The album is themed by the concept of boy meets girl, the tracks playing with premises and emotions from the varied teases of love.onward-chariots It begins with the golden showers of sonic elegance brought by the semi instrumental Opening. Twinkling melodies, warm harmonies, and brass borne kisses light the sky before a fiery energy intervenes to lead into This Is My Confession I. A wonderful throaty guitar sound introduces the track to remind of the first days of Killing Joke before opening into a pungent press of heavy rock sturdiness and the welcoming vocal lilt of Morss. Into its stride the song is an insistent and magnetic pleasure with an equal depth of sinewy allure and infectious melodic teasing.

The following Mel Gibson is a lighter pop rock romp with plays like a mix of Weezer and Union Starr. It is a peppy piece of energy which continues the impressive start. It is as catchy as a virus and takes the ear on a stroll of punchy rhythms and eager to please melodies which do not have to ask twice. There is also, to be not the only time on the album, a persuasive eighties breath to the song which adds to the engagingly textured musical poetry.

Following songs Sisters and Brothers with its heated Jan and Dean like harmonies and smoky trumpet persuasion and I Just Met a Girl with its jumpy swing recalling the classy tones of Town Called Malice, both without igniting the emotions as strongly as the earlier songs, leave the listener buoyant over their melodic and infectious rhythmic invitations. Though the album offers some instantaneously connecting songs it is generally more of a grower with the likes of When You’re Smiling and the harmonically glowing Mama along with the previous two songs, eventually earning their place in ones praise through the continual pleading of their tenderly crafted hearts across many plays.

The sixteen track release closes its first part with the heavier stomp of This Is My Confession II, a superior re-working of the first full song which then takes us into arguably the strongest part of album where songs like the mesmeric Forever Never Ends with its sultry melodic glaze shimmering across a seductive bassline, You Don’t Have To Be Unhappy, and I Want Everything reach stirring heights and hit the passions with the cleanest accuracy. The second of the trio has a great hook to start off its playtime of sixties pop and an addictive swagger complete with further impressive harmonies which feel Four Seasons inspired. It is a wonderful song equalled by the charging rock urgency of I Want Everything, a song which incites instinctive ardour for its outstanding rampancy.

Though it ebbs and flows in stature a little too much to be elevated to the highest echelons of acclaim, This is My Confession is a thoroughly enjoyable album. Certainly it takes its time to persuade but eventually does with style and deserves for all to take a stroll within its warm heart.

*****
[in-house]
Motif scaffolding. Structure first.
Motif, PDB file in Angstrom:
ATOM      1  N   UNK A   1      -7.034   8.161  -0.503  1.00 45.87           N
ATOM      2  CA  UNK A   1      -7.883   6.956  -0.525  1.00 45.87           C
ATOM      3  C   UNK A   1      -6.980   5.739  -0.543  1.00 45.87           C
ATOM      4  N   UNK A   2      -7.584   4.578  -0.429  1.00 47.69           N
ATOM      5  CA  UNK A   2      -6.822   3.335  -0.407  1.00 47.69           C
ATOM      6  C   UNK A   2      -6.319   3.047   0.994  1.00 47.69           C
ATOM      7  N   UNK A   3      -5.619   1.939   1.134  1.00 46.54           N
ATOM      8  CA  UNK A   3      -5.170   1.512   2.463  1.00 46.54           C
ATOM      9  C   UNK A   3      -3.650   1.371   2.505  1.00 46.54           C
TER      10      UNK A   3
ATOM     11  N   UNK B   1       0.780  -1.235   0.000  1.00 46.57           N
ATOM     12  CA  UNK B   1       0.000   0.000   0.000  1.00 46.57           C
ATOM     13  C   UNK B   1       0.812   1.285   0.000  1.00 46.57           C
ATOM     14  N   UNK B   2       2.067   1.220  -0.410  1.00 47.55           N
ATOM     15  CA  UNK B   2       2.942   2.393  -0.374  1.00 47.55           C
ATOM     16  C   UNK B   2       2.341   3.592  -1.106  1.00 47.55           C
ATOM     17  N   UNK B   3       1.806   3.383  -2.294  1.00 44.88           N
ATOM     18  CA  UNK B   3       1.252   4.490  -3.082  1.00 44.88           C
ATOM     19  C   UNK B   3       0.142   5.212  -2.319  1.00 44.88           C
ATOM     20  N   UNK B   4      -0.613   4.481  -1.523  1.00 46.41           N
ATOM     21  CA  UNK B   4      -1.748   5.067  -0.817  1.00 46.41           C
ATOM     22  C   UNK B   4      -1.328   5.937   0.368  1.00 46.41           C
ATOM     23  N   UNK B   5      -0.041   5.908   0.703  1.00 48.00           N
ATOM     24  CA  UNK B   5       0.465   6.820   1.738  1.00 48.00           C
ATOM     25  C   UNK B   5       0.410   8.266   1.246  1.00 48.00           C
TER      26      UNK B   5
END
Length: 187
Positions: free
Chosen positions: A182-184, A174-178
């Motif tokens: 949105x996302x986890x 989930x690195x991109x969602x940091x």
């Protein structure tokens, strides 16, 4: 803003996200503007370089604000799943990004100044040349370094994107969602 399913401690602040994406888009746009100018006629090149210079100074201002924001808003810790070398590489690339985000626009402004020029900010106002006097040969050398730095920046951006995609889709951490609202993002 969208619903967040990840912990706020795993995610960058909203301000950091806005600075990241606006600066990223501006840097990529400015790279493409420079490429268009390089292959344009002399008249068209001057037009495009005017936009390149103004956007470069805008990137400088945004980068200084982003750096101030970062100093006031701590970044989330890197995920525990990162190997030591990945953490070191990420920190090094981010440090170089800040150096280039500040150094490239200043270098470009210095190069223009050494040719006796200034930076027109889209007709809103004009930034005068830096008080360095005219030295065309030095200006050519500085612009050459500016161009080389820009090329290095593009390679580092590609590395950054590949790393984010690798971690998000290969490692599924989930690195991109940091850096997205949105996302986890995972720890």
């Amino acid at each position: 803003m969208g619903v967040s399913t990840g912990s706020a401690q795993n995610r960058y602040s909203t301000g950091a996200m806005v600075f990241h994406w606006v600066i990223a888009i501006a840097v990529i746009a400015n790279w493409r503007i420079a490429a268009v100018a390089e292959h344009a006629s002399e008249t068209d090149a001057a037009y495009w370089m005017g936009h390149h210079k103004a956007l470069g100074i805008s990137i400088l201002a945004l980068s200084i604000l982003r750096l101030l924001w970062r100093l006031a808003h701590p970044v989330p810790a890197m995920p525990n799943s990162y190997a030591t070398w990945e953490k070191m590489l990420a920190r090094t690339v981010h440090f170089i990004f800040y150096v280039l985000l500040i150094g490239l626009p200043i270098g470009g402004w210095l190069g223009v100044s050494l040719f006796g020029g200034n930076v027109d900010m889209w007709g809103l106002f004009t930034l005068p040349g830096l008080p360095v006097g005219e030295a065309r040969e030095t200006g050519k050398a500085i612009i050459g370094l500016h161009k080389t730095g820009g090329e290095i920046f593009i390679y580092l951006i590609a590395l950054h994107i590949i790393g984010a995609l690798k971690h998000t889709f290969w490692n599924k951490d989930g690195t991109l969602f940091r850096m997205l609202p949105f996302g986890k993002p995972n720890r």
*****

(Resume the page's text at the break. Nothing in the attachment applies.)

RingMaster 14/02/2013

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These Reigning Days: Too Late

these reigning days

    UK band These Reigning Days have an album due out later in the year but until its release seem intent to tease and torment by releasing singles which leave the listener over excited and longing for much more. The songs Changes and Living It Up have already more than wetted the appetite with their infectious and melodic powers but now the band has really ignited the touch paper of anticipation with their best single yet, the anthemic giant Too Late.

Formed by former frontman/songwriter of The Quails, Dan Steer, the band has been on a strong charge through their releases to date and live performances which since making their debut alongside Metronomy has found them supporting Echo and The Bunnymen at a festival in Rome and an impressive series of festival appearances waiting for them in 2013, as well as recording a live session on BBC Introducing in Devon.  The trio of Steer, bassist/vocalist Jonny Finnis (Numb), and drummer Joe Samsone (Morph), continue to impress and garner acclaim as well as a bulging fan base to which the new single will only inspire further.

The single opens on a feisty dark bassline which wonderfully prowls with a swagger around seductive guitar strokes which smoulder and flame within the immediately heated atmosphere of the song. Once the fine vocals of Steer open up their lyrical narrative the song opens unveils an electronic ambience to complete a full persuasion before opening up  into a rampant, eager, and wholly contagious chorus where vocals and sounds unite to leave the senses breathless. With pungent rhythms which conspire to ignite even deeper passions in league with the bass and a delicious step into a sultry dance of Latin tempered invention and melodic seduction which leaves one drooling, Too Late is a masterful and completely absorbing treat.

These Reigning Days has once more unleashed a track which knows how to incite and engage the raptures with skill and mischievous imagination. It has also made the wait for their Yoad Nevo (Pet Shop Boys, Duran Duran, Girls Aloud, Goldfrapp) produced album even more agitated and impatient but after a song this good we will forgive them.

Too Late is available as a free download for just one month from today so stop reading and find out how to grab

your own piece of irresistible fun now @ or


RingMaster 14/02/2013

Copyright RingMaster: MyFreeCopyright

Listen to the best independent music and artists on The RingMaster Review Radio Show and The Bone Orchard from